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Alexandra

Never realized you should warm the saline, though now that I think about it, shoulda been intuitive. So, my kids got cold saline treatments. And yeah, important to watch out for the head-butt (ask me how I know!) Great post.

    Momma Addict

    Warming is an option. Most people don’t warm it because it is an extra step. But if you are having a particularly bad time, the warm water adds additional benefit.

Gina Hill

I didn’t realize how important saline spray was either! What do you think of the neti pot? Is that necessary? I’ve tried it before when I was struggling with colds that wouldn’t go away, but I never was sure it if was really helping.

    Momma Addict

    Yes, saline is very helpful. The netipot just takes the saline washes to the next level. It is awesome but many people think it is too much work or too cumbersome. If you are good at doing it, then that is great. It is helping by the things I mention that when you make more mucous due to a cold or allergy, your nose is already clean and can handle it better.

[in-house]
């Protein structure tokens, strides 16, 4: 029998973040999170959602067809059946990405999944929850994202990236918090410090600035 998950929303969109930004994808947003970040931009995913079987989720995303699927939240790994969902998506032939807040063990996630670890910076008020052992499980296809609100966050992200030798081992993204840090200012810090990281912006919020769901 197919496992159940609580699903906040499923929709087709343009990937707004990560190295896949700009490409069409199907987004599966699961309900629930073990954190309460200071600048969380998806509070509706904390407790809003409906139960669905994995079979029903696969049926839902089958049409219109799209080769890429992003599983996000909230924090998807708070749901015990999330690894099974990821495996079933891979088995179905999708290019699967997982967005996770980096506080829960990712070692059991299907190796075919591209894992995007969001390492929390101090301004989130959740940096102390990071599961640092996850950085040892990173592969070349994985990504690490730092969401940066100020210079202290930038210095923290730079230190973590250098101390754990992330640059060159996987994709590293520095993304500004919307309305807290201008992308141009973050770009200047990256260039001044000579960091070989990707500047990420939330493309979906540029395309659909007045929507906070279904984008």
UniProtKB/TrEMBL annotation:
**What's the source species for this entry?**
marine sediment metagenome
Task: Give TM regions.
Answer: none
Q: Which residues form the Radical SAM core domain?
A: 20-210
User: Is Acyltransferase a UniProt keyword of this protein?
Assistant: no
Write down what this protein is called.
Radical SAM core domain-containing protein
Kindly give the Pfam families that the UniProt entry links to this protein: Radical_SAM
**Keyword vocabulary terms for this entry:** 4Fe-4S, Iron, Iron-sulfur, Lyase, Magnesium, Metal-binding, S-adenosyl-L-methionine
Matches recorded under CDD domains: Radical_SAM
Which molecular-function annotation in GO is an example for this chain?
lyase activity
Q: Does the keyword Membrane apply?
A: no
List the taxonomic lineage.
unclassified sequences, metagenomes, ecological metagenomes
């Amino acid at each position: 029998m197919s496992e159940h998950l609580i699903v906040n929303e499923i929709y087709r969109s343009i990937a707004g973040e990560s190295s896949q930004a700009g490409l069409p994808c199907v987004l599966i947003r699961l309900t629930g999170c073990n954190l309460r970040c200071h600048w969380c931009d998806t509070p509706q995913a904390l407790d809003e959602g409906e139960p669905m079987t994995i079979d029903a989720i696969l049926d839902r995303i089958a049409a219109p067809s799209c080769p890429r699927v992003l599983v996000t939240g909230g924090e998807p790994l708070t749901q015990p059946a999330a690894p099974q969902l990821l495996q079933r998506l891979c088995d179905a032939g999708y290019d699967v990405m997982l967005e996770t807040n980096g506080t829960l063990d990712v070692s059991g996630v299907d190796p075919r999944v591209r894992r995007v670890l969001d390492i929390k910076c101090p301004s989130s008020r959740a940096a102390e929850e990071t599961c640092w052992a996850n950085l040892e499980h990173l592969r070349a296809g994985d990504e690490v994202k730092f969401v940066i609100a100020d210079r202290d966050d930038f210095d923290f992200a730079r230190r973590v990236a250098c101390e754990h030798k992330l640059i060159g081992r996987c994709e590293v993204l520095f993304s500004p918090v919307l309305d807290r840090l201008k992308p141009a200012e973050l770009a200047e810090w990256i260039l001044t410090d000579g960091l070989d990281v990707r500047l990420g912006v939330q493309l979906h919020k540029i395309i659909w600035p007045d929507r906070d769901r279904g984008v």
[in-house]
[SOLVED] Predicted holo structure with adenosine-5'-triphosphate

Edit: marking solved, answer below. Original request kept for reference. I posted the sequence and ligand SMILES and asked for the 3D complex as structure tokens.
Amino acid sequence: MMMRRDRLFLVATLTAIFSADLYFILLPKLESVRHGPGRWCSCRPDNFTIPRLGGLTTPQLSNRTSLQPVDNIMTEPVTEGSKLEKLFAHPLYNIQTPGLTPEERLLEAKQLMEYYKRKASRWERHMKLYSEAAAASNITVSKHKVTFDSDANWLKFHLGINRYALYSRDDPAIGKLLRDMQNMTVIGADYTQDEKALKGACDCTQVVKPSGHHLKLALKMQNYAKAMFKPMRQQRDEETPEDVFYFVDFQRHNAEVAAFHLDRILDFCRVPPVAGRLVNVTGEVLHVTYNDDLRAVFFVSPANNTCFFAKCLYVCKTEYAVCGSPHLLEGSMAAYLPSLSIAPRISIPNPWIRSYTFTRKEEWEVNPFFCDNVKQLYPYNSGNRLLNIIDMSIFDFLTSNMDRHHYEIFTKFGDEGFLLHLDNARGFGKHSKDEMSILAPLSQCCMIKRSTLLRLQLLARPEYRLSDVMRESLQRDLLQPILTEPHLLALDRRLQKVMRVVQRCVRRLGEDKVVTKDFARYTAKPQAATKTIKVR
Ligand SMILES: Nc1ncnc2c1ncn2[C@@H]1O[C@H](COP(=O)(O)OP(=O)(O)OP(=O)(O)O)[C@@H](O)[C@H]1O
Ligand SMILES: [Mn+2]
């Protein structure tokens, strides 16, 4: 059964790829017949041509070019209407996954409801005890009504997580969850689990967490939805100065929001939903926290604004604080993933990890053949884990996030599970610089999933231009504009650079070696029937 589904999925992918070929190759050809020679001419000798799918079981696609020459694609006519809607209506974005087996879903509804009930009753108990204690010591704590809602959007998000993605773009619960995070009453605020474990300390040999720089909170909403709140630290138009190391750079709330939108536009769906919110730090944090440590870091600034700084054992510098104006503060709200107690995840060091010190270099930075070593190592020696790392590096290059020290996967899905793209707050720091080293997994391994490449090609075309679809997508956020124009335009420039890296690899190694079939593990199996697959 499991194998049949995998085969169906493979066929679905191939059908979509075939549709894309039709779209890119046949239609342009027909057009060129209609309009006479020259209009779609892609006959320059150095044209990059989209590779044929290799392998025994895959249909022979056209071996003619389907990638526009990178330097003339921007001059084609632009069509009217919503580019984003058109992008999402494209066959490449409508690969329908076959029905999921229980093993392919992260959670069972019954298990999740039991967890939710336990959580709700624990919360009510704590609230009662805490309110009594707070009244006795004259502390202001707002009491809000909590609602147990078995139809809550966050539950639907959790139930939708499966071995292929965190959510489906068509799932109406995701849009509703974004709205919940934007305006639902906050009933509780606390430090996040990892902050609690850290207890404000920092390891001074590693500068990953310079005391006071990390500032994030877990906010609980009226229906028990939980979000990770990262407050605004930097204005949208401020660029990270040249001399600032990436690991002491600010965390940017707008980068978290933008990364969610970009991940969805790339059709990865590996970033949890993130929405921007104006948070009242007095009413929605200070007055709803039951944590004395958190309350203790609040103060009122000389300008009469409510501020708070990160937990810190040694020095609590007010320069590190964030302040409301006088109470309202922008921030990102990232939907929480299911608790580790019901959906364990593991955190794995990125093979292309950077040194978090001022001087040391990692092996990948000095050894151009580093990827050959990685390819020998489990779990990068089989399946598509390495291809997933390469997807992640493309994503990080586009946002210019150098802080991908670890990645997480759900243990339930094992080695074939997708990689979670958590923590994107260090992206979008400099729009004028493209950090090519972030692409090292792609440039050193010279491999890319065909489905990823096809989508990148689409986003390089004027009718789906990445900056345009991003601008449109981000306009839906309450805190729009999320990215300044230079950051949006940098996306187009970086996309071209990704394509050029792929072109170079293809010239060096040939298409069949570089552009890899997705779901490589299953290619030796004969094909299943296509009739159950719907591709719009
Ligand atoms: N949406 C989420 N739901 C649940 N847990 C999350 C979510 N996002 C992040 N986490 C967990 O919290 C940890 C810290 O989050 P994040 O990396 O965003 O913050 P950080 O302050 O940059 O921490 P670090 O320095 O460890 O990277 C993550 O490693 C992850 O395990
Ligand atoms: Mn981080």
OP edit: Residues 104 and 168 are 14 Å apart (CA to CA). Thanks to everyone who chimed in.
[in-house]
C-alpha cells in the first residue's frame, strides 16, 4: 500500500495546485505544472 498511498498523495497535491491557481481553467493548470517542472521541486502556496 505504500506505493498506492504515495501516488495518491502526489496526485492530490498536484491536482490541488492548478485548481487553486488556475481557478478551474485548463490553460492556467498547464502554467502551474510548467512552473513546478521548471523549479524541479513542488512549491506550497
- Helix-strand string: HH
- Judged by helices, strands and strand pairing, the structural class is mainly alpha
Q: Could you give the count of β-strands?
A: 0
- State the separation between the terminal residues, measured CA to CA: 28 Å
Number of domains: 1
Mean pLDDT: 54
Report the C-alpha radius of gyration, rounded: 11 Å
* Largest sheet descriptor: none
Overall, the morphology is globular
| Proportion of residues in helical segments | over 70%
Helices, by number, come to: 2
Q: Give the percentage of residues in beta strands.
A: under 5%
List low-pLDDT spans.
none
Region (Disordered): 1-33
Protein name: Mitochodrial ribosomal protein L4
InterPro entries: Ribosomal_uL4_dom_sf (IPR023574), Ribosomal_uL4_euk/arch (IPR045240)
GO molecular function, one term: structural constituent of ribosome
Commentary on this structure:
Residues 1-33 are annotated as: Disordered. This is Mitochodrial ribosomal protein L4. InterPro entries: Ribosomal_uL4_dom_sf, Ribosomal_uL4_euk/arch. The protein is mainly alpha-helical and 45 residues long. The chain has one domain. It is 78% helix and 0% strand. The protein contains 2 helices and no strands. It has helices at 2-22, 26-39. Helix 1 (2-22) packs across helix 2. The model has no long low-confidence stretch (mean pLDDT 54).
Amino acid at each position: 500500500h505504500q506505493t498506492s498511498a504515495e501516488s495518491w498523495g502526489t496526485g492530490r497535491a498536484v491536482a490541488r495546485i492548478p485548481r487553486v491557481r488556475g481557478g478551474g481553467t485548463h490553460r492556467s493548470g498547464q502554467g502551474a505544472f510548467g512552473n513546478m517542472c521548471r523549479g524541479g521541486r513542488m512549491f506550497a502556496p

Audria

So much info! Great Go-to resource. Thanks for a great post.

Tayler Morrell

It’s funny. I always knew Saline meant a salt solution, but I never really put two and two together and realized it was SALT WATER. hahaha.

    Momma Addict

    You are not alone! Many of my patients say the same thing. That’s why I make it a point to use both terms. Thanks for reading.

Jos

I totally need to try this! This allergy season has been particularly bad for my family and with no luck using oral meds, we’re at our wit’s end! Will look for some of these saline sprays tomorrow!

    Momma Addict

    It is life altering to many of my more severe patients! Within a few days of saline they are better and later they find they need less medicine or shorter times. Really depends on what your allergies are. So if this becomes a recurrent problem, you might ask your allergist for testing to see if there are other measures you can take to reduce reactions!

Ashly J

This is what I use! I love my NetiPot!

    Momma Addict

    The Netipot is the Cadillac and is awesome! Just remember if you are away and don’t have it, any saline will do. Many of my young patients do not care for Neti so they are routine user of basic spray. Any cleaning is good cleaning.

Meghna

Love the tips. Very useful!

Jenny

I love this brand. I didn’t know about nose spray until recently. Such a wonderful product.

Kristen

I never knew that there were so many ways using nasal saline can help with allergies! Definitely going to give this a try next time my allergies are acting up 🙂

    Momma Addict

    Yes! Saline/Salt water can work miracles for stubborn allergy symptoms when the pollen counts are high.